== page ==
Linwood, New Jersey family lawyer Cynthia Ann Brassington is certified by the Supreme Court of New Jersey as a matrimonial law attorney, and helps people resolve their divorce related issues across all areas of the process. In this podcast, Cynthia answers questions regarding business valuation, asset division, alimony, and the importance of prenuptial agreements in the event of divorce.
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Guest speaker: Cynthia Ann Brassington, Matrimonial Law Attorney
A panelist on the Matrimonial Early Settlement Panels in both Atlantic and Cape May Counties, Cynthia also taught family law as an adjunct professor for Atlantic Cape Community College. She is certified by the New Jersey Supreme Court as a Matrimonial Law Attorney.
Hosted by: Diana Shepherd, Editorial Director, Divorce Magazine
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Read the Transcript of this Podcast Below.
Cynthia Ann Brassington On Business Interests & Premarital Agreements
Diana Shepherd: I’d like to start by asking that if both spouses co-own a business together, how will it be divided on divorce?
Cynthia Ann Brassington: Before we talk about parties continuing to co-own the business, we need to identify what kind of business it is. Is it a sole proprietorship? Well, in that case it would not apply because it’s only one owner. But both parties may work in the business. Is it a partnership in which they both own 50%, which is not uncommon? Is it a C-corporation or an S-corporation? So, we begin with what type of business.
The next question to ask is it the kind of business that the parties can continue to work? Are both parties active in the business and are they able to put aside their differences in order to continue to work in the business because both parties bring value to the business by their specific contributions? That is not common however. What is more common is we value the partnership or the corporation or the sole proprietorship, we put a value on it and then we discuss one party buying out the other party in accord with what percentages might be equitable under their circumstances.
In a divorce case that involves a business, how is support determined?
Cynthia Ann Brassington: I take your question as applying to both child support and/or alimony, which is also known as spousal support. In New Jersey, alimony is addressed under the factors that are set forth under the Alimony Reform Act. The first step would be to determine the standard of living of the marriage and we do that by disclosure of such things as a case information statement, which reflects the expenses of the parties monthly and separately if they have already separated. The court looks at the needs of the supportive spouse and the ability of the supporting spouse to pay among other factors such as the duration of the marriage, the age of the parties and their respective physical health as well as other equitable factors.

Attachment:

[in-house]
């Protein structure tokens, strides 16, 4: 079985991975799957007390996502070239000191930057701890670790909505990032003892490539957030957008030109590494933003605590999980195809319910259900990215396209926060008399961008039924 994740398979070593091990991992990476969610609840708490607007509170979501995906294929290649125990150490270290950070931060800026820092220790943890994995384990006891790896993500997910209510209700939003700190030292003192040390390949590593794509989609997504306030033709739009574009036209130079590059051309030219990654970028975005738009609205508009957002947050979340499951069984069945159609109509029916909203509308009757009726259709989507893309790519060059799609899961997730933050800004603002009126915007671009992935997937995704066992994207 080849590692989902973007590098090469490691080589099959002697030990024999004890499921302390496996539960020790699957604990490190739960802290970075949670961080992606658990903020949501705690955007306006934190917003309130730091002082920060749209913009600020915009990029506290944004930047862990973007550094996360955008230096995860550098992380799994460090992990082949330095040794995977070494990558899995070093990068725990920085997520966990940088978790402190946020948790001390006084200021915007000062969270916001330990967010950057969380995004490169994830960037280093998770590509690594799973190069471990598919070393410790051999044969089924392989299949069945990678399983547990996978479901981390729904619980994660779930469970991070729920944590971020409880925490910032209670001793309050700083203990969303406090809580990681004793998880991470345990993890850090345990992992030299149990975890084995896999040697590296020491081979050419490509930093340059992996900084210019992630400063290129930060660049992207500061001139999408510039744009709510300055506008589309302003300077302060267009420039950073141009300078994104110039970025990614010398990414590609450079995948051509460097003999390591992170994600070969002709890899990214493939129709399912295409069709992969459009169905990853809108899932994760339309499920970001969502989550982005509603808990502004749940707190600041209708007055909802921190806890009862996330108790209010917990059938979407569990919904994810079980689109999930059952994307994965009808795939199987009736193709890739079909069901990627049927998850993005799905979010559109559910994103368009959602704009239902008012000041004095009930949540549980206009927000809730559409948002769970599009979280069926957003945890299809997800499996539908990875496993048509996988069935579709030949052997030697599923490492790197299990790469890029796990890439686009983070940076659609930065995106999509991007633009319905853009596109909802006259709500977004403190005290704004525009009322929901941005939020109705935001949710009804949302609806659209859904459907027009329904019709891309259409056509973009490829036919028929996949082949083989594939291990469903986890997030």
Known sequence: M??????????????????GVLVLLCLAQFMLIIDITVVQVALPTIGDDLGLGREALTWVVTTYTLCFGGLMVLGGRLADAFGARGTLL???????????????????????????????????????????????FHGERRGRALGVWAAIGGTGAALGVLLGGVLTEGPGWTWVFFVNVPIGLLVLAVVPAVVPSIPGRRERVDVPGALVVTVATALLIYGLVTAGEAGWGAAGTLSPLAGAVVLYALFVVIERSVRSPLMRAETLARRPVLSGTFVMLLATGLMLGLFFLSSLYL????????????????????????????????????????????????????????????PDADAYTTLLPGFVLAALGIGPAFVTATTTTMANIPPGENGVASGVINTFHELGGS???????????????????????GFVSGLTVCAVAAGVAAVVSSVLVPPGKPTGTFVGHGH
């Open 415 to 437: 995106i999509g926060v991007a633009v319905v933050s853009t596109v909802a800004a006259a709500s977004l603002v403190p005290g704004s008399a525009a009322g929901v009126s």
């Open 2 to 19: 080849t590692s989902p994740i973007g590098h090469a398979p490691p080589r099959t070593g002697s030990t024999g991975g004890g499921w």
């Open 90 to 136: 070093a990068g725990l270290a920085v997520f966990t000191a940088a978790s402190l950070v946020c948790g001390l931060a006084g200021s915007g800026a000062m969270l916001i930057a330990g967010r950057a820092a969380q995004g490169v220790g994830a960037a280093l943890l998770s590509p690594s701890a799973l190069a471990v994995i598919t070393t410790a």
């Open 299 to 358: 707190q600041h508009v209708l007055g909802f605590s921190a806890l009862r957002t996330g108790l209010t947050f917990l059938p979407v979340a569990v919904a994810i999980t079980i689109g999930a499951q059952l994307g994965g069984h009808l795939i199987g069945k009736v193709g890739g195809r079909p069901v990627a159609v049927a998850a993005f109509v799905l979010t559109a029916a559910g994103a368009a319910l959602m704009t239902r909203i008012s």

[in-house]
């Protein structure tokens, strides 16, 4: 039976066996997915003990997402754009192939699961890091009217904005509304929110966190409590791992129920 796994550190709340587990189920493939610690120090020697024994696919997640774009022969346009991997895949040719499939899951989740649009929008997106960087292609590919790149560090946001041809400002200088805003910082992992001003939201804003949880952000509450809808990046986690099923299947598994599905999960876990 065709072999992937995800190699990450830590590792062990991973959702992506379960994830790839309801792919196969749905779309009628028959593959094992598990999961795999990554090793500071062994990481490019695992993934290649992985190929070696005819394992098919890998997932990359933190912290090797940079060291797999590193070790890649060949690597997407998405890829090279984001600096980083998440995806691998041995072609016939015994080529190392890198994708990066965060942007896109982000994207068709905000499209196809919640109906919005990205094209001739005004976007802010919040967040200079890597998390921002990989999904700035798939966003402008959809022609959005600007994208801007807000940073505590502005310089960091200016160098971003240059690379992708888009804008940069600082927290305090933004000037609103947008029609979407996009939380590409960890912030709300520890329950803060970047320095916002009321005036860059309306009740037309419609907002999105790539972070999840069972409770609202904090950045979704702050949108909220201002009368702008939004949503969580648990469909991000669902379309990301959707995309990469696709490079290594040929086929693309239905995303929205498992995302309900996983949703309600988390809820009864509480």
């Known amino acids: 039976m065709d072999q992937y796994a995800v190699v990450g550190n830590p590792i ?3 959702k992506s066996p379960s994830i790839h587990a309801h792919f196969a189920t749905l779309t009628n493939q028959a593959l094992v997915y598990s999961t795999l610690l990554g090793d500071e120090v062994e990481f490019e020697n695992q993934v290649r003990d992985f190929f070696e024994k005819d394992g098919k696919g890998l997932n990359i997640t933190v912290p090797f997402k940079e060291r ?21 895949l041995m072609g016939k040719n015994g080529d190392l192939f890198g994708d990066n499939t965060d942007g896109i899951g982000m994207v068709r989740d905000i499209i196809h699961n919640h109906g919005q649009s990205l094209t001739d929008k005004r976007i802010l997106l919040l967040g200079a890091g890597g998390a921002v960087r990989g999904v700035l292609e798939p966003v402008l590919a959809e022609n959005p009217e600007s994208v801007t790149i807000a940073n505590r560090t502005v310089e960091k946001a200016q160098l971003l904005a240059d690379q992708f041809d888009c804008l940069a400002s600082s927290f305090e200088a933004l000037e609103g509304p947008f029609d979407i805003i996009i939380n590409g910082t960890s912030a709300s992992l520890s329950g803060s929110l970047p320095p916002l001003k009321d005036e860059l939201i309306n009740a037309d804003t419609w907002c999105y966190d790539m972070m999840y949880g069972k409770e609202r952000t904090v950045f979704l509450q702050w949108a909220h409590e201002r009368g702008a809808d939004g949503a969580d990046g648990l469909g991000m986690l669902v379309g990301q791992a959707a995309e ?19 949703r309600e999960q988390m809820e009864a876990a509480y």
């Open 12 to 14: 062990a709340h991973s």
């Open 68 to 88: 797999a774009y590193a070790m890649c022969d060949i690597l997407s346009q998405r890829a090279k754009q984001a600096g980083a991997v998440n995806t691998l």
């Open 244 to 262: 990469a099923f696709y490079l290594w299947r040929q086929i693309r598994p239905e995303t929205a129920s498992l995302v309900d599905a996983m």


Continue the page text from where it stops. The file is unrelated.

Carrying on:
If one or both spouses own a business, is it always necessary to hire a business evaluator? I’m wondering if there’s a minimum size or potential dollar value that’s needed to make it a worthwhile exercise.
Cynthia Ann Brassington: The first step is to evaluate whether the business is a marital asset or what portion of the business is a marital asset. Was the business gifted to one of the parties before or during the marriage, or has it grown during the marriage, that it was a premarital business and the parties invested into it during the marriage, is it a gifted business by say a parent and then say the parties invested into the business during the marriage? We may have a blend of a marital or pre-gifted business that then the parties invested into. So, we really have to first begin to look to and carve out the marital portion of the business.
Before I consider whether to utilize a forensic accountant to value a business, I look to the size of the business. For example, some businesses are just side businesses of a spouse, and from a cost-benefit perspective, it does not make fiscal sense as the business does not generate more than a small profit if a profit at all. When a business is a larger business with multiple employees and supports the parties in their marital lifestyle, generally under those circumstances a forensic accountant would be necessary.
How are business assets divided during a divorce in New Jersey?
Cynthia Ann Brassington: There is no set formula to divide a business. There are many factors that determine what each spouse will receive equitably. If the business is evaluated the supportive non-ownership spouse will likely receive a percentage but the percentage is subjective to numerous factors including the type of business, tax consequences in the event that the business is going to be sold in the future, or whether the person keeping the business has a spousal support obligation just to name a few.
If one spouse receives stock options at work, are they considered assets to be divided during divorce?
Cynthia Ann Brassington: The first thing we need to look at is what is a stock option? A stock option is the right to buy stock in a company who employs the spouse at a discounted or fixed price within a certain period of time. Stock options can be valuable and they’re subject to equitable distribution as a marital asset. The issue that you’re asking is how to distribute them as the stock has not yet been purchased and the right is not transferred to the non employee. The options are distributed by something called a Callahan Trust, which is a constructive trust and the non-employee receives his or her percentage of the shares when the options vest.
Let’s switch to prenuptial agreements now. What should be included in a prenuptial agreement for a business owner?